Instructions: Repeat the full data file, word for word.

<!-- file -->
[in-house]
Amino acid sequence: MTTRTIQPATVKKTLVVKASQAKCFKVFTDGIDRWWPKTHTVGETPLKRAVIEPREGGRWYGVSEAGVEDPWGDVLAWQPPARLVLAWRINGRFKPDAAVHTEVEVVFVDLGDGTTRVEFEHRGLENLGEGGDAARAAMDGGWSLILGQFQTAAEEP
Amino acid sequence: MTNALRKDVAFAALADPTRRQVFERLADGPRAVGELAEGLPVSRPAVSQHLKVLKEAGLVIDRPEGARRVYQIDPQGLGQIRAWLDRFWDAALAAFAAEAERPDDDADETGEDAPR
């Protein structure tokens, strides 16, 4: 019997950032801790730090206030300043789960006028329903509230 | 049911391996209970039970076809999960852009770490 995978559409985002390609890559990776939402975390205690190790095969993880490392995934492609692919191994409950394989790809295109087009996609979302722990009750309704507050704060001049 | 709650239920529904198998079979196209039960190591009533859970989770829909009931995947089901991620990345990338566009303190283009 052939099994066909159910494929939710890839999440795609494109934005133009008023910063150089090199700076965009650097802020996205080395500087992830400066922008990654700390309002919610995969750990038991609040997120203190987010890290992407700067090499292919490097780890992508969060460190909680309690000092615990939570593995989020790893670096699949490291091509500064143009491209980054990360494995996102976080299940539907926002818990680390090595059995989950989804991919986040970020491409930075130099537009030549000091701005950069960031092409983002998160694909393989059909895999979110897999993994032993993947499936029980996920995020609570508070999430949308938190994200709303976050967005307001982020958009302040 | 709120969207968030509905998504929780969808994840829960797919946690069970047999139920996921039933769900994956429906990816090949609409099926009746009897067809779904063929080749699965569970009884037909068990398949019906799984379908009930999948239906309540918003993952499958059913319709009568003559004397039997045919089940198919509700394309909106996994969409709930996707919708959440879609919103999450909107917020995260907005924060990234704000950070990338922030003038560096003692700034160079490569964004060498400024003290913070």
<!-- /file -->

[in-house]
Amino acid sequence: MTTRTIQPATVKKTLVVKASQAKCFKVFTDGIDRWWPKTHTVGETPLKRAVIEPREGGRWYGVSEAGVEDPWGDVLAWQPPARLVLAWRINGRFKPDAAVHTEVEVVFVDLGDGTTRVEFEHRGLENLGEGGDAARAAMDGGWSLILGQFQTAAEEP
Amino acid sequence: MTNALRKDVAFAALADPTRRQVFERLADGPRAVGELAEGLPVSRPAVSQHLKVLKEAGLVIDRPEGARRVYQIDPQGLGQIRAWLDRFWDAALAAFAAEAERPDDDADETGEDAPR
């Protein structure tokens, strides 16, 4: 019997950032801790730090206030300043789960006028329903509230 | 049911391996209970039970076809999960852009770490 995978559409985002390609890559990776939402975390205690190790095969993880490392995934492609692919191994409950394989790809295109087009996609979302722990009750309704507050704060001049 | 709650239920529904198998079979196209039960190591009533859970989770829909009931995947089901991620990345990338566009303190283009 052939099994066909159910494929939710890839999440795609494109934005133009008023910063150089090199700076965009650097802020996205080395500087992830400066922008990654700390309002919610995969750990038991609040997120203190987010890290992407700067090499292919490097780890992508969060460190909680309690000092615990939570593995989020790893670096699949490291091509500064143009491209980054990360494995996102976080299940539907926002818990680390090595059995989950989804991919986040970020491409930075130099537009030549000091701005950069960031092409983002998160694909393989059909895999979110897999993994032993993947499936029980996920995020609570508070999430949308938190994200709303976050967005307001982020958009302040 | 709120969207968030509905998504929780969808994840829960797919946690069970047999139920996921039933769900994956429906990816090949609409099926009746009897067809779904063929080749699965569970009884037909068990398949019906799984379908009930999948239906309540918003993952499958059913319709009568003559004397039997045919089940198919509700394309909106996994969409709930996707919708959440879609919103999450909107917020995260907005924060990234704000950070990338922030003038560096003692700034160079490569964004060498400024003290913070």